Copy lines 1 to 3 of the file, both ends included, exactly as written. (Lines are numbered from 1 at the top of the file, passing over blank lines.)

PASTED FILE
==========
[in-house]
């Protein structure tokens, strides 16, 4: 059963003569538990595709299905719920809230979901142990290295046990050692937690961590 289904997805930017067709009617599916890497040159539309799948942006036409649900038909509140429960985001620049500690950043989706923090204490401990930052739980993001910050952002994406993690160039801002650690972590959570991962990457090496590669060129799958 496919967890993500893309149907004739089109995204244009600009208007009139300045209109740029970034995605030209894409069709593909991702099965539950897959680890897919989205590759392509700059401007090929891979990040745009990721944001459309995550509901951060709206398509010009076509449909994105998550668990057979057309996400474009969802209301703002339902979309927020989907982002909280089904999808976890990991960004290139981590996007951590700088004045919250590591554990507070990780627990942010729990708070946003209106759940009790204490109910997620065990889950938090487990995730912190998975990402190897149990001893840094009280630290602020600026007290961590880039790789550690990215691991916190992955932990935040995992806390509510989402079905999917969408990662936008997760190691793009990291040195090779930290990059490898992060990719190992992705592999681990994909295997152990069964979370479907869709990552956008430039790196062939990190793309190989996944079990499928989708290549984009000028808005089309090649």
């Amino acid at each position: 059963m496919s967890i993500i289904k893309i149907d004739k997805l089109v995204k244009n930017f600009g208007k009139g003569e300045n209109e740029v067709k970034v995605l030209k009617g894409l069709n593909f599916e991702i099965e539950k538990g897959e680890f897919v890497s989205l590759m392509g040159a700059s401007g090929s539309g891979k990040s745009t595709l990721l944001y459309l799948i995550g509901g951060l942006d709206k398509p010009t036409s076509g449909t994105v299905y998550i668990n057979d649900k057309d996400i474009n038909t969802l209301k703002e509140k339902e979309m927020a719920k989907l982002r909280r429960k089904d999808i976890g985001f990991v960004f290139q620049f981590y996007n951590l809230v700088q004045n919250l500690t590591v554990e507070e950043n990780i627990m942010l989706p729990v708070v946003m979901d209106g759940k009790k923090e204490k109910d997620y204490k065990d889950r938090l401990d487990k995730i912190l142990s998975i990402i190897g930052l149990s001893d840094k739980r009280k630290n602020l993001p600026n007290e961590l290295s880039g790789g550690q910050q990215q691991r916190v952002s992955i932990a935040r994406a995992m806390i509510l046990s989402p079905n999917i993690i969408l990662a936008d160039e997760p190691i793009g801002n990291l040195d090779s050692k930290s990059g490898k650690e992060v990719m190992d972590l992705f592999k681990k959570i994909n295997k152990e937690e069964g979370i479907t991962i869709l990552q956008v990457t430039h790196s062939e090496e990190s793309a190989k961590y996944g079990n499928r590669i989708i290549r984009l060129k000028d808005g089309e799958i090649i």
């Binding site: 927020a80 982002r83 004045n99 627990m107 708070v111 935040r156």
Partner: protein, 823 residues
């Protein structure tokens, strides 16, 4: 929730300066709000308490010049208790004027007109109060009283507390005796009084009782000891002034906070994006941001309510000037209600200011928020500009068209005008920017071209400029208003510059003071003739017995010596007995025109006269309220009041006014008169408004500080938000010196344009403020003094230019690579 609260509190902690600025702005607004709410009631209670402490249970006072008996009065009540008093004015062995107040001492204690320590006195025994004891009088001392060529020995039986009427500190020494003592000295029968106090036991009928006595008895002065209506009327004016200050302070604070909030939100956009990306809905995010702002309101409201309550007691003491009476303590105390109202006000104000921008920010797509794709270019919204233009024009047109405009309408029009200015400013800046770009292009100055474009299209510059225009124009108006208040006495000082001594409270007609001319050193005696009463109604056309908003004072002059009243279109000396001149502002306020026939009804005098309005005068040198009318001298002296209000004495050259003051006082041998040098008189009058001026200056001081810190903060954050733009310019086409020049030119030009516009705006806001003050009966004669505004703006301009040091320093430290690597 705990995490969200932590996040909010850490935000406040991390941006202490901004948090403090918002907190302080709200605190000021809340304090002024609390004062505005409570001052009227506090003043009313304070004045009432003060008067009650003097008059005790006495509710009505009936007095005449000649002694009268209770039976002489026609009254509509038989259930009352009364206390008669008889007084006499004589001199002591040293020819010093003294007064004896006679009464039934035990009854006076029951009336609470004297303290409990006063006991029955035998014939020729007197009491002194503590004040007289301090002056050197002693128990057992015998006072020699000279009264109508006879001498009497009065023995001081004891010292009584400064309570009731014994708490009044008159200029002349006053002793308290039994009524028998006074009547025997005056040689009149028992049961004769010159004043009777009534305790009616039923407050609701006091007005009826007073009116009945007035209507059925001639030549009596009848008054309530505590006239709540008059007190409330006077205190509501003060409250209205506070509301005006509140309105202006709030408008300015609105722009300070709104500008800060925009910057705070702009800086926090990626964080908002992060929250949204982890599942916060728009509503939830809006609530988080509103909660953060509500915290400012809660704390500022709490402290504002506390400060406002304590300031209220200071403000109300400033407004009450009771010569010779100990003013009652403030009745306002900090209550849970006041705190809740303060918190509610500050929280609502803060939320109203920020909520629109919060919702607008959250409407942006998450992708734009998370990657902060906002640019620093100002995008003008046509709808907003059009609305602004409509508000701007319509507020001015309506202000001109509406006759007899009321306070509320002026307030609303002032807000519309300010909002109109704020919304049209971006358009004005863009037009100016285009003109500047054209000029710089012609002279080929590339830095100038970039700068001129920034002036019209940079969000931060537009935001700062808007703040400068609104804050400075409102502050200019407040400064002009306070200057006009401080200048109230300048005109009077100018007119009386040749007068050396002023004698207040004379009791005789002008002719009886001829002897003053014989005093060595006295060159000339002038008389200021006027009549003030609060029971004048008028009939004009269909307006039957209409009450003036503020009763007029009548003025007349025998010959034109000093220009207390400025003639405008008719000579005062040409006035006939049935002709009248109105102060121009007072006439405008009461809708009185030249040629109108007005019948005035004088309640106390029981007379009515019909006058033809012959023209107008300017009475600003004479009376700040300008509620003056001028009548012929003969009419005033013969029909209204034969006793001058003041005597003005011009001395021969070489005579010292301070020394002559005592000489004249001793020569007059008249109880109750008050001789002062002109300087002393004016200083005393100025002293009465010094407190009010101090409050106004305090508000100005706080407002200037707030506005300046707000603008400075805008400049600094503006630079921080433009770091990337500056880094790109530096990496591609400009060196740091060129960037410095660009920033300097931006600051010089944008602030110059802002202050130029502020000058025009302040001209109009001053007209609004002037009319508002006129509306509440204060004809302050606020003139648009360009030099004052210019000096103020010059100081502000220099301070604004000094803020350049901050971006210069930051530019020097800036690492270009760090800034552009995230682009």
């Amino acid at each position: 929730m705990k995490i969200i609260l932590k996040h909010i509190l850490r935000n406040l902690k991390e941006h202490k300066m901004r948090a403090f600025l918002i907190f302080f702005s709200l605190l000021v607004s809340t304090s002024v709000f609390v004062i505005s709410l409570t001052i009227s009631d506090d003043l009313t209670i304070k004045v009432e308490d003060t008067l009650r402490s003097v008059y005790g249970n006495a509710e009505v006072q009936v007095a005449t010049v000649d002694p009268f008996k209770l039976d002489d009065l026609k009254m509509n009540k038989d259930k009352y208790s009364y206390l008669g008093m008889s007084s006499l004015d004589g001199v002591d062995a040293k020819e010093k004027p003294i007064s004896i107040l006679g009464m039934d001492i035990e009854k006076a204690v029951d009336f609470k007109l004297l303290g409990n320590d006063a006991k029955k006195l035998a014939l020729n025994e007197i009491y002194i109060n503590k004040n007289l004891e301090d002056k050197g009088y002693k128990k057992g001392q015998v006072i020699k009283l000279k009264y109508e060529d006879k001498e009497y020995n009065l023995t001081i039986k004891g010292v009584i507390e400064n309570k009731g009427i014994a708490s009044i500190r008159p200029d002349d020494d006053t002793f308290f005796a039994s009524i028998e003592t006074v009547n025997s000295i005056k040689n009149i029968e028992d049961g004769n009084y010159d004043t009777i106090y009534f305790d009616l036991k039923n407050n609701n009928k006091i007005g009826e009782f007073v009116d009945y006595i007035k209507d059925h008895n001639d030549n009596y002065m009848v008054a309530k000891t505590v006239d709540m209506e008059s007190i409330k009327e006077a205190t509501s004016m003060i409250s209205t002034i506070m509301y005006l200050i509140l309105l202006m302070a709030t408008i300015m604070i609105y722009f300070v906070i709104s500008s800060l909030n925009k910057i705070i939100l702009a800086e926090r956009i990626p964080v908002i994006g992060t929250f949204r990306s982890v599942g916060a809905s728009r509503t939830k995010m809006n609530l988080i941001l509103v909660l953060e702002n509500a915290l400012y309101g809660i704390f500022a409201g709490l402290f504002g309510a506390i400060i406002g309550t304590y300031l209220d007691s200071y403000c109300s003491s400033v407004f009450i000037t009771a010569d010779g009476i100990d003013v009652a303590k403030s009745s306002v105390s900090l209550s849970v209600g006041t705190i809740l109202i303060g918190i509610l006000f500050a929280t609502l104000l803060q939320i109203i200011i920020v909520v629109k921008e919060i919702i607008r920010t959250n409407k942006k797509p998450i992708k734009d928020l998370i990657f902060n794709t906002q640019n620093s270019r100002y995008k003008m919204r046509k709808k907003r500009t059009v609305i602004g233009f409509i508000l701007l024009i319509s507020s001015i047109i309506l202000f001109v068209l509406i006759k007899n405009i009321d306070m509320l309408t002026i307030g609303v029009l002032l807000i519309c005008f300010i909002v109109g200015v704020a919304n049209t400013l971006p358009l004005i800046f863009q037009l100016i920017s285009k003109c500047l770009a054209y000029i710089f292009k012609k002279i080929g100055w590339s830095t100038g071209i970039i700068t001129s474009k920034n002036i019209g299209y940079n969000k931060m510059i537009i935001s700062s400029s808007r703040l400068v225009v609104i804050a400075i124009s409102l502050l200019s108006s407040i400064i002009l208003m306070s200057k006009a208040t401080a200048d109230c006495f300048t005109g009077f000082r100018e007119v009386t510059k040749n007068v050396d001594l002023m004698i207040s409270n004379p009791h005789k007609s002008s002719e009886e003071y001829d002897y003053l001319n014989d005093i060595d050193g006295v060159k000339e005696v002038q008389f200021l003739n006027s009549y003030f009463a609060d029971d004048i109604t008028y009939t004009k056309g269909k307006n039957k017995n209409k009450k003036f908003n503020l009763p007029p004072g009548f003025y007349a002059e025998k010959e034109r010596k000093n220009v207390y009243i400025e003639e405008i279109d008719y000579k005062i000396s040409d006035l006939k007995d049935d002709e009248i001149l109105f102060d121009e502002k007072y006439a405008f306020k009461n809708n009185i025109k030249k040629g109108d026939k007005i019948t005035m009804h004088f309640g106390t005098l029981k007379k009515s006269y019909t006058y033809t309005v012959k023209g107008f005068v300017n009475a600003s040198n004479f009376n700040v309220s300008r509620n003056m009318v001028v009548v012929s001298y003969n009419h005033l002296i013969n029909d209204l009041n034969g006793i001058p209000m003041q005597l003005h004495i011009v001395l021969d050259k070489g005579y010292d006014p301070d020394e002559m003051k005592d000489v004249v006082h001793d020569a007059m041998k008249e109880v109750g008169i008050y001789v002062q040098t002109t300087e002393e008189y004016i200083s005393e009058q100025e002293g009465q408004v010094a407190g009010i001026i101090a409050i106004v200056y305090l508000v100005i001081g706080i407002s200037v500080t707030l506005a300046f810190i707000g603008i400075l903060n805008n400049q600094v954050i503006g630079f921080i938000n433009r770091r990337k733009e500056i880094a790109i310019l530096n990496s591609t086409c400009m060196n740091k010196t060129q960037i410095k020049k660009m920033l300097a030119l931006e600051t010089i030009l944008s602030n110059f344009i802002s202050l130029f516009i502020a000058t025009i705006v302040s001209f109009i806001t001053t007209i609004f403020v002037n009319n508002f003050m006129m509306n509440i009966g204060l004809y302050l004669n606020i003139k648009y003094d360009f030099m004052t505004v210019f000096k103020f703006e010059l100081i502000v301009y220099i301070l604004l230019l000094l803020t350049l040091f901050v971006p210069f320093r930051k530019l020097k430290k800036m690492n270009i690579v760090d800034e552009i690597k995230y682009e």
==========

[in-house]
């Protein structure tokens, strides 16, 4: 059963003569538990595709299905719920809230979901142990290295046990050692937690961590 289904997805930017067709009617599916890497040159539309799948942006036409649900038909509140429960985001620049500690950043989706923090204490401990930052739980993001910050952002994406993690160039801002650690972590959570991962990457090496590669060129799958 496919967890993500893309149907004739089109995204244009600009208007009139300045209109740029970034995605030209894409069709593909991702099965539950897959680890897919989205590759392509700059401007090929891979990040745009990721944001459309995550509901951060709206398509010009076509449909994105998550668990057979057309996400474009969802209301703002339902979309927020989907982002909280089904999808976890990991960004290139981590996007951590700088004045919250590591554990507070990780627990942010729990708070946003209106759940009790204490109910997620065990889950938090487990995730912190998975990402190897149990001893840094009280630290602020600026007290961590880039790789550690990215691991916190992955932990935040995992806390509510989402079905999917969408990662936008997760190691793009990291040195090779930290990059490898992060990719190992992705592999681990994909295997152990069964979370479907869709990552956008430039790196062939990190793309190989996944079990499928989708290549984009000028808005089309090649």
């Amino acid at each position: 059963m496919s967890i993500i289904k893309i149907d004739k997805l089109v995204k244009n930017f600009g208007k009139g003569e300045n209109e740029v067709k970034v995605l030209k009617g894409l069709n593909f599916e991702i099965e539950k538990g897959e680890f897919v890497s989205l590759m392509g040159a700059s401007g090929s539309g891979k990040s745009t595709l990721l944001y459309l799948i995550g509901g951060l942006d709206k398509p010009t036409s076509g449909t994105v299905y998550i668990n057979d649900k057309d996400i474009n038909t969802l209301k703002e509140k339902e979309m927020a719920k989907l982002r909280r429960k089904d999808i976890g985001f990991v960004f290139q620049f981590y996007n951590l809230v700088q004045n919250l500690t590591v554990e507070e950043n990780i627990m942010l989706p729990v708070v946003m979901d209106g759940k009790k923090e204490k109910d997620y204490k065990d889950r938090l401990d487990k995730i912190l142990s998975i990402i190897g930052l149990s001893d840094k739980r009280k630290n602020l993001p600026n007290e961590l290295s880039g790789g550690q910050q990215q691991r916190v952002s992955i932990a935040r994406a995992m806390i509510l046990s989402p079905n999917i993690i969408l990662a936008d160039e997760p190691i793009g801002n990291l040195d090779s050692k930290s990059g490898k650690e992060v990719m190992d972590l992705f592999k681990k959570i994909n295997k152990e937690e069964g979370i479907t991962i869709l990552q956008v990457t430039h790196s062939e090496e990190s793309a190989k961590y996944g079990n499928r590669i989708i290549r984009l060129k000028d808005g089309e799958i090649i």